3. Barlean’s Organic Virgin Coconut Oil—there are tons of brands of coconut oil around, and most of them seem just fine. This one is especially good to eat, and I use it all over. In my hair as a leave-in or deep treatment, as a skin conditioner, to sautée vegetables, as an oil/butter substitute in various recipes, added to grains to flavor while cooking, just…to eat.

4. Trader Joe’s Coconut Body Butter—I’ve mentioned this before, and I don’t like it any less now. Has a bit of a chocolatey richness to it that makes it especially delicious. Very thick and moisturizing. Such  great value.

5. Sun Bum Coconut lip balm—think will be picking up some of SunBum’s sunscreen come summer. Smart branding, good, skin-friendly ingredients. Nice to find lip balms with a high SPF. This is cocoa butter, mainly, but with coconut scent, so it’s in.

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6. Raw almonds—I cannot begin to tell you how many raw almonds I consume.

7. Coconut flakes—anyone have a good recipe for coconut macarons? They are the kind of indulgence that is just appealing enough and just expensive enough to make me want to take matters into my own hands. I like coconut milk, too, and coconut water, certain brands of, and that So Delicious (that’s the brand, not my emphasis, though it is really good) coconut milk ice cream. The mint/chocolate one.

I really wish I had some of that now.

smell this: Estée Lauder Bronze Goddess body oil spray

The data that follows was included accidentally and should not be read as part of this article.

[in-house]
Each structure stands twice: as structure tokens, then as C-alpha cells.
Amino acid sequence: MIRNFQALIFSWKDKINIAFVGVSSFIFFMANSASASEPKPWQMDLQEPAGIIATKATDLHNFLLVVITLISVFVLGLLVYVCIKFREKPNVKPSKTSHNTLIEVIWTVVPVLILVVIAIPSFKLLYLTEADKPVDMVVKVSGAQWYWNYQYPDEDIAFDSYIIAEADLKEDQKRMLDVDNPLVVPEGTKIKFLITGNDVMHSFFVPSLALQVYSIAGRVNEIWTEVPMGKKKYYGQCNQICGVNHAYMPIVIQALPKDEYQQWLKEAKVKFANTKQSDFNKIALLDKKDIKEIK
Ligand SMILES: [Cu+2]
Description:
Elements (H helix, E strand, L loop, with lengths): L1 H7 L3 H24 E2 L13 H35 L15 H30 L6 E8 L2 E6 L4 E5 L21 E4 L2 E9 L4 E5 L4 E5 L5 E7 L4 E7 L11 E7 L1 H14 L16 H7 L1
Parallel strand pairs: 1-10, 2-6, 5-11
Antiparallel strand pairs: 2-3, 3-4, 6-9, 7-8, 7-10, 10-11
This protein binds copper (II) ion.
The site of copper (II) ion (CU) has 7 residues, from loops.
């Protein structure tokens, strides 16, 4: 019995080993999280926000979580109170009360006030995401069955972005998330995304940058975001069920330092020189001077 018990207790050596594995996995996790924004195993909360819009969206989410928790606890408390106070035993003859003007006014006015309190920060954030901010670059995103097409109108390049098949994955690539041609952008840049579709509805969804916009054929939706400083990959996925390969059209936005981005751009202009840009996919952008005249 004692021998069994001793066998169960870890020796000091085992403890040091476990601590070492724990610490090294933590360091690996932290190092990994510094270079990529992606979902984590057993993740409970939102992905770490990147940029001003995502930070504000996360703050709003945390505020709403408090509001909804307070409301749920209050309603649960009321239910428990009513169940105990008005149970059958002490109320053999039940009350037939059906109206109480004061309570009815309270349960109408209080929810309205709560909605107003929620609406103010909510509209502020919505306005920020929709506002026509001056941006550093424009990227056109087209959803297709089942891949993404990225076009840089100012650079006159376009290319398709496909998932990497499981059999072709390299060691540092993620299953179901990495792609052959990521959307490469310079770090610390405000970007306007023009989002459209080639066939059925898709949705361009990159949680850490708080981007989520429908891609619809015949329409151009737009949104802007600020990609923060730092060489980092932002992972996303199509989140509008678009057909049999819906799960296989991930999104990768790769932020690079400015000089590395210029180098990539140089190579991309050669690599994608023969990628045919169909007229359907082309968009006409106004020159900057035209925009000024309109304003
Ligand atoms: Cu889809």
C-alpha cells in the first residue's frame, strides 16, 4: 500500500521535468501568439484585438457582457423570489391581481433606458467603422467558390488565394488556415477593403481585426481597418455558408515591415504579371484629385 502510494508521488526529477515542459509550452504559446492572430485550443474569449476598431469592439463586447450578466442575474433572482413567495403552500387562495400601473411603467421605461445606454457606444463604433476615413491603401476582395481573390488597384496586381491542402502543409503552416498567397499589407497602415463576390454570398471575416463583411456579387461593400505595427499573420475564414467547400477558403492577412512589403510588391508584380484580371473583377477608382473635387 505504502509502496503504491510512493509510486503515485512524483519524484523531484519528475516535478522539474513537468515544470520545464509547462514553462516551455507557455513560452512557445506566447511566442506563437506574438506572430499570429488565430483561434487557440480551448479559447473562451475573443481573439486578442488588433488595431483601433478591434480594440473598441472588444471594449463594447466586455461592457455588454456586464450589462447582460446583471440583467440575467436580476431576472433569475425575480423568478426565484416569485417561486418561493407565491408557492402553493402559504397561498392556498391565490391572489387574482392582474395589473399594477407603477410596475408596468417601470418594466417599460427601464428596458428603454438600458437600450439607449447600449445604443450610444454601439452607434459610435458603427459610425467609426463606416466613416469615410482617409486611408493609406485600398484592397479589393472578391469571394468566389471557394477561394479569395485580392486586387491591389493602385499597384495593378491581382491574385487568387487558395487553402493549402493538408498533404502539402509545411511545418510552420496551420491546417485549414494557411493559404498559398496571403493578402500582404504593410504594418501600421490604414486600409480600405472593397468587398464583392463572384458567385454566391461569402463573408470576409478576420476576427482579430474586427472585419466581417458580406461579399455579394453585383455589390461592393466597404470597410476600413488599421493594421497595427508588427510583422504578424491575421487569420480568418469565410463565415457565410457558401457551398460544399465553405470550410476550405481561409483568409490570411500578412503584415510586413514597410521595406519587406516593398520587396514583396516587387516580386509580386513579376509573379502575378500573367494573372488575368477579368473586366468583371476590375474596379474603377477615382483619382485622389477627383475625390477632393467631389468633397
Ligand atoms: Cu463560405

On July 30, 2013 by theseventhsphinx

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Estée Lauder’s Bronze Goddess fragrance has been coming up in a lot of lists of best summer fragrances*, and I am in complete agreement, particularly wrt the body oil spray (which I find richer and longer lasting than the eau fraîche skinscent). This is summer in a bottle. Imagine a nostalgic suntan lotion smell–an old school Coppertone kind of smell–then remove all of the harsh-smelling chemical elements, amp up the coconut, and add a summer flower bouquet. What you get is a creamy base of coconut and vanilla (kept from being too sweet with some subtle vetiver and sandalwood) layered with a variety of citruses, lavender, and delicate white florals: jasmine, magnolia, orange blossom**.

*This one being the best I’ve seen. I am so often in agreement with Guardian beauty columnist Sali Hughes. Her videos are great, too, extremely knowledgeable and well researched. And sensible. I like sensible people.

**You can see all the notes and more on basenotes, which is a great resource if you’re not already familiar.

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They re-release it every summer with the Bronze Goddess collection so the packaging and formula may vary slightly from one year to another. I have smelled it the last four years running, though, and it always smells great (and essentially the same) to me.

There is nothing heavy-handed about this. It is light, effortless, sunny and fantastic. The notes that really stand out on me are coconut, vanilla/amber, and jasmine, all with the lightness that indicates citrus, too, without feeling explicitly like citrus at any given moment. Be warned that it does smell rather like suntan lotion, only really luxurious suntan lotion. I like the smell of suntan lotion anyway. It may smell different on you (some report a cheap vanilla ice cream effect, try everything on your skin first), and for some it’s not interesting enough…but who cares about smelling interesting if you already smell great? I like a complex scent as much as the next perfume maven but there is something to be said for smelling, simply, good.

into: hair oils

On April 1, 2013 by theseventhsphinx

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My hair is perennially parched, ultra-absorbent, and scoffs at standard conditioners. The answer: oil. Straight up oil.

I find that oil is the answer to many things.